Right now Annie is a creative dancer. She was swinging her shirt all around while kicking her feet up sideways and dancing to the banjo music in the campground. Lately while walking she raises her hands up in the air and I feel a rush of this-is-my-daughter-and-she-will-be-whoever-she-wants-to-be. The most important thing I need her to know if life is that I love her. A close second to that is my desire to infuse confidence into her - I wish I could fill her with so much confidence that she would not notice when others aren't being kind, and that she would have the ability to love them, and more importantly love herself, regardless of their insecurities and treatment of the world.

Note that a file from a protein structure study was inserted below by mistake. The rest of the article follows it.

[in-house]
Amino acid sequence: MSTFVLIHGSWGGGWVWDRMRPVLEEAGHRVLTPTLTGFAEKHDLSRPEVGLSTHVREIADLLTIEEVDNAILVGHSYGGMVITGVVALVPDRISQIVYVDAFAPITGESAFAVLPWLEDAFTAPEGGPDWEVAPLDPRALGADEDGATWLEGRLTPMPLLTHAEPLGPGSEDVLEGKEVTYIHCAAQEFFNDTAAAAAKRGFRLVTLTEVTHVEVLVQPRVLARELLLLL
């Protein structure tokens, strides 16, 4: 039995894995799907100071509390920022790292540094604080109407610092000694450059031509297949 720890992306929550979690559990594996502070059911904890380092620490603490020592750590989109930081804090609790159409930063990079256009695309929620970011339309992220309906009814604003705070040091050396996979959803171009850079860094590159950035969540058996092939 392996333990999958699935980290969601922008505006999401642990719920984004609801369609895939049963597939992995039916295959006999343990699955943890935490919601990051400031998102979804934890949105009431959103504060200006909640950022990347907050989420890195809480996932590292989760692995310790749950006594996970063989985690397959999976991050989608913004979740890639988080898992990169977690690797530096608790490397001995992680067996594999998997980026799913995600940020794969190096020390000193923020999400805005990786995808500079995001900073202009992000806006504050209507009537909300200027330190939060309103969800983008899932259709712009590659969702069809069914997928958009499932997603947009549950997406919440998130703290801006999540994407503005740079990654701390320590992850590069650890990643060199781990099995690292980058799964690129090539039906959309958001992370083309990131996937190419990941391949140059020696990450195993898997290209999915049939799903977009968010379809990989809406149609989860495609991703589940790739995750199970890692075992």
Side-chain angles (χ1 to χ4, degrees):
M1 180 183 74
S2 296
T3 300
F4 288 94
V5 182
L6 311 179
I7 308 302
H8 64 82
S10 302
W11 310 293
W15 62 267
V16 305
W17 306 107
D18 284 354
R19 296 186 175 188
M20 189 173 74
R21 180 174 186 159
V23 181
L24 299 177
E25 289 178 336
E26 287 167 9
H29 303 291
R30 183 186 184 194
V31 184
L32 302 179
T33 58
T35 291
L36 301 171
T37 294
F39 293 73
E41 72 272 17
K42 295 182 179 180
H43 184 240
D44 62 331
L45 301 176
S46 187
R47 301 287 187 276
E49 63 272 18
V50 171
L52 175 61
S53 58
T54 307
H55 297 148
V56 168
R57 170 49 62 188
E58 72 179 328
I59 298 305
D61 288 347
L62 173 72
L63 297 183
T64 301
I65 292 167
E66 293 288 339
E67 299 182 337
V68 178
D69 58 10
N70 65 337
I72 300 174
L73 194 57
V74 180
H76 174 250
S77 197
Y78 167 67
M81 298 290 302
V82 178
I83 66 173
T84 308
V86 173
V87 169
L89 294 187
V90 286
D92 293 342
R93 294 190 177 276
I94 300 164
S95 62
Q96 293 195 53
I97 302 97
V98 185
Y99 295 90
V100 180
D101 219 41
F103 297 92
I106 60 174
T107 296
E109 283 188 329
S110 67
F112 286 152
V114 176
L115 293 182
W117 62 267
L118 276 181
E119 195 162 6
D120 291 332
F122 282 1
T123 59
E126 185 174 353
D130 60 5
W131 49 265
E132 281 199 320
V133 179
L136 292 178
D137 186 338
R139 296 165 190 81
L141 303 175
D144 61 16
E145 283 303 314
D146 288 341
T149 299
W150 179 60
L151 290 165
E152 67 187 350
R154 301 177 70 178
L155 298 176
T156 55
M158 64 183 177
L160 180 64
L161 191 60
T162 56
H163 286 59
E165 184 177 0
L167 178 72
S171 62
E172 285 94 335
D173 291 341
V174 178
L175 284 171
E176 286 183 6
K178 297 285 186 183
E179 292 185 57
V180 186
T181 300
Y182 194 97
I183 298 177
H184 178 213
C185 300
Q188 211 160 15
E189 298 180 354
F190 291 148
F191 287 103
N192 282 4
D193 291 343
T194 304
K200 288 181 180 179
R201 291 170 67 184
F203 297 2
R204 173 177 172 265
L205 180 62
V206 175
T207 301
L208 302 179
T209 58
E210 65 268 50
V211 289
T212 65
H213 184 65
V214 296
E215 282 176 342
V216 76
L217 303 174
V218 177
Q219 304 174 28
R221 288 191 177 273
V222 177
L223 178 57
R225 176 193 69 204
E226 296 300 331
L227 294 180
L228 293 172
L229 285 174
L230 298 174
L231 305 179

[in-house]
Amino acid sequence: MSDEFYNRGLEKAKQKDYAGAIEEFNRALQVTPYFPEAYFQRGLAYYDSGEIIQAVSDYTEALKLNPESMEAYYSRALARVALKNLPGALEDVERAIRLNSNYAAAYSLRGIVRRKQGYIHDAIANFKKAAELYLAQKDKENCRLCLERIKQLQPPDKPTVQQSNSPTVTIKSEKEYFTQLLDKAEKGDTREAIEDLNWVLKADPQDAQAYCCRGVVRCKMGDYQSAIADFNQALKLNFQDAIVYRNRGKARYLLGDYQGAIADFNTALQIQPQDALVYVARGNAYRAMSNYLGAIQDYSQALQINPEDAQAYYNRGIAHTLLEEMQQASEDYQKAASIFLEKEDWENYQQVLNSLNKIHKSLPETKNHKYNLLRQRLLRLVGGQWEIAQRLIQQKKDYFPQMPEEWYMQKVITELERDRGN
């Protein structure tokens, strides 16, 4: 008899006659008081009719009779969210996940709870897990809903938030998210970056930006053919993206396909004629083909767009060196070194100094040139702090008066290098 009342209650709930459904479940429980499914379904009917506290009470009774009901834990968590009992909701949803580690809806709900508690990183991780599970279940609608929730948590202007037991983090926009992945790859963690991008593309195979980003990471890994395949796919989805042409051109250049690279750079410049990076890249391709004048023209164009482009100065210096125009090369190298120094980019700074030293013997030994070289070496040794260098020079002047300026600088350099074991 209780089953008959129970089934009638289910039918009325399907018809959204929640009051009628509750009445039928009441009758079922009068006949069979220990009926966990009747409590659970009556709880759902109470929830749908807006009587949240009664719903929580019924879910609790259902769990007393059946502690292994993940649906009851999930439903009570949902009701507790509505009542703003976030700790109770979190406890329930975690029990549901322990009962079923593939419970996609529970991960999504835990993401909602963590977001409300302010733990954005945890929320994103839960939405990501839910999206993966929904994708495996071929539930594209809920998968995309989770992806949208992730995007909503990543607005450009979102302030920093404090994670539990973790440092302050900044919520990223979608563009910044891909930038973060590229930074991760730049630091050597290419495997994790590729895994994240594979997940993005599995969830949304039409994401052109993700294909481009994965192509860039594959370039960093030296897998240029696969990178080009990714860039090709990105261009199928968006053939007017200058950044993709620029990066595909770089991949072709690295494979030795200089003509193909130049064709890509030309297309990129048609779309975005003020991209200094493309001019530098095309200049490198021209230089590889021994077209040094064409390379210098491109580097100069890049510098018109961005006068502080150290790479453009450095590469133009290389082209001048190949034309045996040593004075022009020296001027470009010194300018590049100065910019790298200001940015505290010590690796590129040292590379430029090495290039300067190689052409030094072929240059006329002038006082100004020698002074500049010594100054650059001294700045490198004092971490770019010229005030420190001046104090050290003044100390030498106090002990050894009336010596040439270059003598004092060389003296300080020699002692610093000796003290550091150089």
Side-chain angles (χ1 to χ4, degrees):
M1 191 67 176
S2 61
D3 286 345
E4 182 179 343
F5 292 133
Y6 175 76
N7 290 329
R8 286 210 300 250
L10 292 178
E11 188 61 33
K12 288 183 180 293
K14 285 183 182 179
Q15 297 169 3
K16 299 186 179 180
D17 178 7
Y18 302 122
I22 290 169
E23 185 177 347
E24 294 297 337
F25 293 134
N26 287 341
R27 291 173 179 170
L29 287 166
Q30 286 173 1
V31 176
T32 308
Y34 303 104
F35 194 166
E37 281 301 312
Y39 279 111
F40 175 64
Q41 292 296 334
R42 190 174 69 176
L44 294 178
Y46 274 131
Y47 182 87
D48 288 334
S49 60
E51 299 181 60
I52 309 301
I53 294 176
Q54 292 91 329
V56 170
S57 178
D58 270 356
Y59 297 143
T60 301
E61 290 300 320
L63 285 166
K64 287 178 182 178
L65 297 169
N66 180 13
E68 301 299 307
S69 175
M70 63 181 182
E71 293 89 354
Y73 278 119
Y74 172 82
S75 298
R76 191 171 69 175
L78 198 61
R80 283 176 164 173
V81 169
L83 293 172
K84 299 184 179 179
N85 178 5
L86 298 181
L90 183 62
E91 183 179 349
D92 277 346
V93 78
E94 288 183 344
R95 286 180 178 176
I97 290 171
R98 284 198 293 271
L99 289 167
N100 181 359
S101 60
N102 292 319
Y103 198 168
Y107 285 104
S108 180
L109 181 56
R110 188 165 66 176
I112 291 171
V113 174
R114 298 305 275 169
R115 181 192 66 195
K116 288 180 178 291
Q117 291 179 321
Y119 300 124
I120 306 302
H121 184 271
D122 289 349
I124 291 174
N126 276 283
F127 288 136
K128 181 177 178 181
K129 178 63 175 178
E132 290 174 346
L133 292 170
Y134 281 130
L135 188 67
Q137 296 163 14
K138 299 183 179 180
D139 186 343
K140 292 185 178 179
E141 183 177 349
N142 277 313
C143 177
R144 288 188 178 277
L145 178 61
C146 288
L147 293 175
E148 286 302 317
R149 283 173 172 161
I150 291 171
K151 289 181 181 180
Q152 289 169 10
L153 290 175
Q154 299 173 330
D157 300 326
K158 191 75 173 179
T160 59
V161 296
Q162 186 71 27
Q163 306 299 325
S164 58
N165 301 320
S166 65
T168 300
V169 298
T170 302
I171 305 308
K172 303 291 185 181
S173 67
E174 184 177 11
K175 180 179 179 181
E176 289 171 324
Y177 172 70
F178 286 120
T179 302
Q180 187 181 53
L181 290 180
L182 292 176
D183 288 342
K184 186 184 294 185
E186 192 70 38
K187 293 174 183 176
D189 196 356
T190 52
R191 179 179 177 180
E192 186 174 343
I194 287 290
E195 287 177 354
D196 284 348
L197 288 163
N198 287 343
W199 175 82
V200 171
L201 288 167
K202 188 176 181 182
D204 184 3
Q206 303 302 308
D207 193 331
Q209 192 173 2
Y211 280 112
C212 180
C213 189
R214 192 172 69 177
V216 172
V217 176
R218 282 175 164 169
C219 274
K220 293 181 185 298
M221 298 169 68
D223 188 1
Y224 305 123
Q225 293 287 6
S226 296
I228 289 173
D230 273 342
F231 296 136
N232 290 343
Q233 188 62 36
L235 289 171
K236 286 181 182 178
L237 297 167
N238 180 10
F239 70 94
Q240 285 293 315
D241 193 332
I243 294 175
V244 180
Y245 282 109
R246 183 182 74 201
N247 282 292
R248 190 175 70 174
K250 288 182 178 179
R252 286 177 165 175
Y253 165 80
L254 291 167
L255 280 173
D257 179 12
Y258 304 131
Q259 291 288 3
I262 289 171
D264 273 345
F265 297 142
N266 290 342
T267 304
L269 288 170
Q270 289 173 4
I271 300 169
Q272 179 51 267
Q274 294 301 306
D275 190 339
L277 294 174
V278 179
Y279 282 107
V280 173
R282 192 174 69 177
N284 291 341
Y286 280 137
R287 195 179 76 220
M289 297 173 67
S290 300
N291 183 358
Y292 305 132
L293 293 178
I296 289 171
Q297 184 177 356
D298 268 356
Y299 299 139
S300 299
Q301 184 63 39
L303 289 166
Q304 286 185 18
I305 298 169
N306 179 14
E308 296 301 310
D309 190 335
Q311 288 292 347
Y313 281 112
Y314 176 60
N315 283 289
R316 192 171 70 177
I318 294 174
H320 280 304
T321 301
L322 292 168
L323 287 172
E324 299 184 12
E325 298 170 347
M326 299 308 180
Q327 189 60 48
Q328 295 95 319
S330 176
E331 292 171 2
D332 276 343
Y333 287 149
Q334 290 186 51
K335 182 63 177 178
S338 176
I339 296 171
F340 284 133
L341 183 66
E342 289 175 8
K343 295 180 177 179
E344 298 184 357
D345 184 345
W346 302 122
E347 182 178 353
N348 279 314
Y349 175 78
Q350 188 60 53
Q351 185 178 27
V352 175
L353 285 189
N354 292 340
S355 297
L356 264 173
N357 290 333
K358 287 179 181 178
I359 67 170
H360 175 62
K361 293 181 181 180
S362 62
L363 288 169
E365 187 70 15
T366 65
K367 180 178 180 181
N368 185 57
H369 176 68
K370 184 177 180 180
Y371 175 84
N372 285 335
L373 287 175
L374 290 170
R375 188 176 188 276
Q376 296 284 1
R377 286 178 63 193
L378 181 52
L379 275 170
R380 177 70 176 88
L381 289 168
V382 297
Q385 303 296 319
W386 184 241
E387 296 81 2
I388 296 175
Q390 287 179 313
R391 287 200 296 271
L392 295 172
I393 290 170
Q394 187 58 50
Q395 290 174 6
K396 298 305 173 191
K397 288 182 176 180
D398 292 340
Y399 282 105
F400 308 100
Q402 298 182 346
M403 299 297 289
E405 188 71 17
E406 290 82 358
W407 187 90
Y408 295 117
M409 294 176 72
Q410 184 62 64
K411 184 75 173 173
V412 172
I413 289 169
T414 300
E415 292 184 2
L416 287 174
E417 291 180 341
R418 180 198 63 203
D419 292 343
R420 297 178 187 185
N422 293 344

This weekend was a much needed break from all of lifes' demands, and we took full advantage of our time together. The last two photos are of: 1. the view from the sunroof on the way home. We were racing past thick, white clouds as well as views of Mt. Rainier I didn't even know existed from the road. And, 2. Annie and Kate had to take 2 baths when we came home they were so filthy. 

Thank you to Steve, Karen, and William for the getaway (and getting some photos of me with my babes!)